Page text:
This image of Tassiusaq Fjord on the west coast of Greenland shows a moraine -- a pile of boulders and other debris pushed up by a glacier which has long since retreated inland. Scientists at Ohio State University and their colleagues will use plant material found in moraines to gauge the flow and retreat of glaciers on the island. A new study using data from NASA’s Landsat 7 and Terra satellites has shown that the nearby Jakobshavn Glacier is flowing faster than before, and it is retreating rapidly from the Greenland coastline. Data for this image came from Terra’s Advanced Spaceborne Thermal Emission and Reflection Radiometer instrument. Image created by Catherine Tremper, courtesy of Ohio State University.
One of the world’s fastest-moving glaciers is speeding up and retreating rapidly, a recent study has revealed.
The finding has surprised scientists, because while the margins of the Jakobshavn (pronounced "yah-cub-SAH-ven") Glacier had been slowly retreating from the southwest coast of Greenland since before 1900, this retreat appeared to have stopped by the early 1990s when the first accurate measurements were made. Now the glacier is accelerating.
The glacier, one of the major drainage outlets of Greenland’s interior ice sheet, is thinning more than four times faster than it had for most of the 20th Century. Accompanying this thinning is a substantial increase in ice speed.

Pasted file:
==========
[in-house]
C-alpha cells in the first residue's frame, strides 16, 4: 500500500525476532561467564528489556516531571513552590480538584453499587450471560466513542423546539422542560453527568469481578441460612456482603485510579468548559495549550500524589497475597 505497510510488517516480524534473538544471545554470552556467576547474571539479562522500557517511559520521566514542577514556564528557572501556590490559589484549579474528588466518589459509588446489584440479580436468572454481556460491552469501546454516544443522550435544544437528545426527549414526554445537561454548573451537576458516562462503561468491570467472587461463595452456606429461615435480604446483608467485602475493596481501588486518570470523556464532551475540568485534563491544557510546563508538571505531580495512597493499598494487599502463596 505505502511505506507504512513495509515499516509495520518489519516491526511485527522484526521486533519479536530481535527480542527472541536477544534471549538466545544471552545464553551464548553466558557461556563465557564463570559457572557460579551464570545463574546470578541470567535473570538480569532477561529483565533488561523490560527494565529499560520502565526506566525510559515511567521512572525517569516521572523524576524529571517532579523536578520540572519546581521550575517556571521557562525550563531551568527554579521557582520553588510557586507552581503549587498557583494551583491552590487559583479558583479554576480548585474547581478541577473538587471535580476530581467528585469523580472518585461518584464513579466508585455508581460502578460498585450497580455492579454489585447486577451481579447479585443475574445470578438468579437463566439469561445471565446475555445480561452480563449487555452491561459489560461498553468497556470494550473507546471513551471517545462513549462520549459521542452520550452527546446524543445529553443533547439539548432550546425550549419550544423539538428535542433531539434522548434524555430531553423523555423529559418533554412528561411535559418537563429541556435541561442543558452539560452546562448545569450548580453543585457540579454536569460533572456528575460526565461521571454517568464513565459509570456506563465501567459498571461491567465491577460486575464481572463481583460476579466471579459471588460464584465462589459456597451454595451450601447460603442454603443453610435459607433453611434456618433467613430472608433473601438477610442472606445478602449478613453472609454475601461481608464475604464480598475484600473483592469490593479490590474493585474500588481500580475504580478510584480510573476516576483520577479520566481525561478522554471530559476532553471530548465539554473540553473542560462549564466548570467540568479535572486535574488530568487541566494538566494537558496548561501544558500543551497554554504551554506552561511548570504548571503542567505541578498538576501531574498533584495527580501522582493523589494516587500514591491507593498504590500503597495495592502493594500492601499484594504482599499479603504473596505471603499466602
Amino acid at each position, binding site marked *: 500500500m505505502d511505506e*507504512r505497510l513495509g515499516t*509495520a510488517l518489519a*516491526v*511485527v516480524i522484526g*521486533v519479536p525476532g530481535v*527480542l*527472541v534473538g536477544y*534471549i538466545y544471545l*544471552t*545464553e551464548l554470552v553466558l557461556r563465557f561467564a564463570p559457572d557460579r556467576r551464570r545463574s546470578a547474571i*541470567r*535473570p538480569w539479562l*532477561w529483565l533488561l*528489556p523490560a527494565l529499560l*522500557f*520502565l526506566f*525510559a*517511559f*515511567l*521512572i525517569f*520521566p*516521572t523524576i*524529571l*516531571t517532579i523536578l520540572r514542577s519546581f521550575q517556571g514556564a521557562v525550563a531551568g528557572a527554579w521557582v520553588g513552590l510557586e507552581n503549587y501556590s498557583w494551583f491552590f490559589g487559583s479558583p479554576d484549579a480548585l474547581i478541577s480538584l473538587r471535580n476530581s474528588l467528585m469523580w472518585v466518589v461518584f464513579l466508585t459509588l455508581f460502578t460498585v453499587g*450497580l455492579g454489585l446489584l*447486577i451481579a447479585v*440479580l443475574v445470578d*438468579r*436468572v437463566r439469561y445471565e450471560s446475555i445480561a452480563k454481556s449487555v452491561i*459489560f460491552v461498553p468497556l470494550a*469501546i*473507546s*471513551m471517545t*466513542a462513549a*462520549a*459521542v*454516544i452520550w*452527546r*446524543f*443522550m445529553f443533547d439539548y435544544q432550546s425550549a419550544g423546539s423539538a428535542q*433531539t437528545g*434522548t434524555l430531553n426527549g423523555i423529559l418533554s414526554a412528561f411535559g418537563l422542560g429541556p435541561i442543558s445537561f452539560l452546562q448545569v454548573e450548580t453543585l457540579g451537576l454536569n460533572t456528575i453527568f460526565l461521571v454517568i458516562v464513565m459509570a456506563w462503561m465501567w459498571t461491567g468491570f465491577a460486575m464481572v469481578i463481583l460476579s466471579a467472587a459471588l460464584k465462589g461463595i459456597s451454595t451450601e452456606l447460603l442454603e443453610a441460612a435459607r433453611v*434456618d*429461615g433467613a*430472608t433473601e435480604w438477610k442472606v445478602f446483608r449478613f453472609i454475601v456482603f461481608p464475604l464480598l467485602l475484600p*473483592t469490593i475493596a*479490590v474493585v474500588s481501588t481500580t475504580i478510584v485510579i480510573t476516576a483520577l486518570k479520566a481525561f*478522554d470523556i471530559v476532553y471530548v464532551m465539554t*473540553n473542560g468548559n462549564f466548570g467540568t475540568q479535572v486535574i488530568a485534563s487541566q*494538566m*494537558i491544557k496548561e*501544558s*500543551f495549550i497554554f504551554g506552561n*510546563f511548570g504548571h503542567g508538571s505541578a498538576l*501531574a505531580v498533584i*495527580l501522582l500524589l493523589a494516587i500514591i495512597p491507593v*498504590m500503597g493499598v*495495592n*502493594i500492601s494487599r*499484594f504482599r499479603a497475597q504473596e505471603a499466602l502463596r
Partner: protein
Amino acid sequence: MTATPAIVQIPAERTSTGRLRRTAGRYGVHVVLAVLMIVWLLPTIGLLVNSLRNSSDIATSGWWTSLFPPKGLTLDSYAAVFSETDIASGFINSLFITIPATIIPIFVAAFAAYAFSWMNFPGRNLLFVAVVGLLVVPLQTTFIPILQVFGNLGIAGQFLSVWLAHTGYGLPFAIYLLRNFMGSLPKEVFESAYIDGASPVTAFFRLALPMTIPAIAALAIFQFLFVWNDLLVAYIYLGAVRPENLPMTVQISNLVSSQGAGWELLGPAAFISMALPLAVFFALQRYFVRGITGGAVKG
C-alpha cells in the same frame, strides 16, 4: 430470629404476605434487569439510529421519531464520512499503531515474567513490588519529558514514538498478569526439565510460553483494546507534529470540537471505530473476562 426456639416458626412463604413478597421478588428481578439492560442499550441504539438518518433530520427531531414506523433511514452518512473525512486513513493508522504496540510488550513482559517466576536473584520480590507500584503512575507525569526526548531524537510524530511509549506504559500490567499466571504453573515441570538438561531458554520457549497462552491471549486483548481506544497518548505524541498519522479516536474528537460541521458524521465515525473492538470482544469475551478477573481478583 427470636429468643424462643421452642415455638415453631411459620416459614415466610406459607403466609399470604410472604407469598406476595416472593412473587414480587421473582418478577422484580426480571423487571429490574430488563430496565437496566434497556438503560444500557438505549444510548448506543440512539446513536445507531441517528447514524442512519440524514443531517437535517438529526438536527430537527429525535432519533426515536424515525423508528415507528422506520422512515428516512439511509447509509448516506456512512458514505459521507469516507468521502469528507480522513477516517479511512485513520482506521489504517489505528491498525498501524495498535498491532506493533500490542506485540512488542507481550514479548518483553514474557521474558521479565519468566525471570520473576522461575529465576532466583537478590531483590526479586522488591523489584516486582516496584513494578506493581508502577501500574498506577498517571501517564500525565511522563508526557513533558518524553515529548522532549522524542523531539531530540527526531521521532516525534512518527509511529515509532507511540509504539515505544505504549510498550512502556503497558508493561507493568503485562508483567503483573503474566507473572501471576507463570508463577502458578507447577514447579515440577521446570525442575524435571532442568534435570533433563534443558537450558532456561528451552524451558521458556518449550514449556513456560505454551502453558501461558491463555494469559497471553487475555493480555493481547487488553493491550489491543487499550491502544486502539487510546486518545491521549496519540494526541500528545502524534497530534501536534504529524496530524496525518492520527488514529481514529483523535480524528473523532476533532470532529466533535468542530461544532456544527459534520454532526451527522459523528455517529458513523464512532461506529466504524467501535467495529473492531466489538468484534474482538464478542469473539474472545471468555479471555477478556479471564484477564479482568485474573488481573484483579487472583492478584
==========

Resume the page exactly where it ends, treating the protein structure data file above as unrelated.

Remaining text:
Pam Frost Gorder | EurekAlert!
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On August 17, 2017, at 12:41:04 UTC, scientists made the first direct observation of a merger between two neutron stars--the dense, collapsed cores that remain...
Seven new papers describe the first-ever detection of light from a gravitational wave source. The event, caused by two neutron stars colliding and merging together, was dubbed GW170817 because it sent ripples through space-time that reached Earth on 2017 August 17. Around the world, hundreds of excited astronomers mobilized quickly and were able to observe the event using numerous telescopes, providing a wealth of new data.
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Material defects in end products can quickly result in failures in many areas of industry, and have a massive impact on the safe use of their products. This is why, in the field of quality assurance, intelligent, nondestructive sensor systems play a key role. They allow testing components and parts in a rapid and cost-efficient manner without destroying the actual product or changing its surface. Experts from the Fraunhofer IZFP in Saarbrücken will be presenting two exhibits at the Blechexpo in Stuttgart from 7–10 November 2017 that allow fast, reliable, and automated characterization of materials and detection of defects (Hall 5, Booth 5306).
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Using a new cooling technique MPQ scientists succeed at observing collisions in a dense beam of cold and slow dipolar molecules.
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Scientists from the Max Planck Institute of Quantum Optics, using high precision laser spectroscopy of atomic hydrogen, confirm the surprisingly small value of the proton radius determined from muonic hydrogen.
It was one of the breakthroughs of the year 2010: Laser spectroscopy of muonic hydrogen resulted in a value for the proton charge radius that was significantly...
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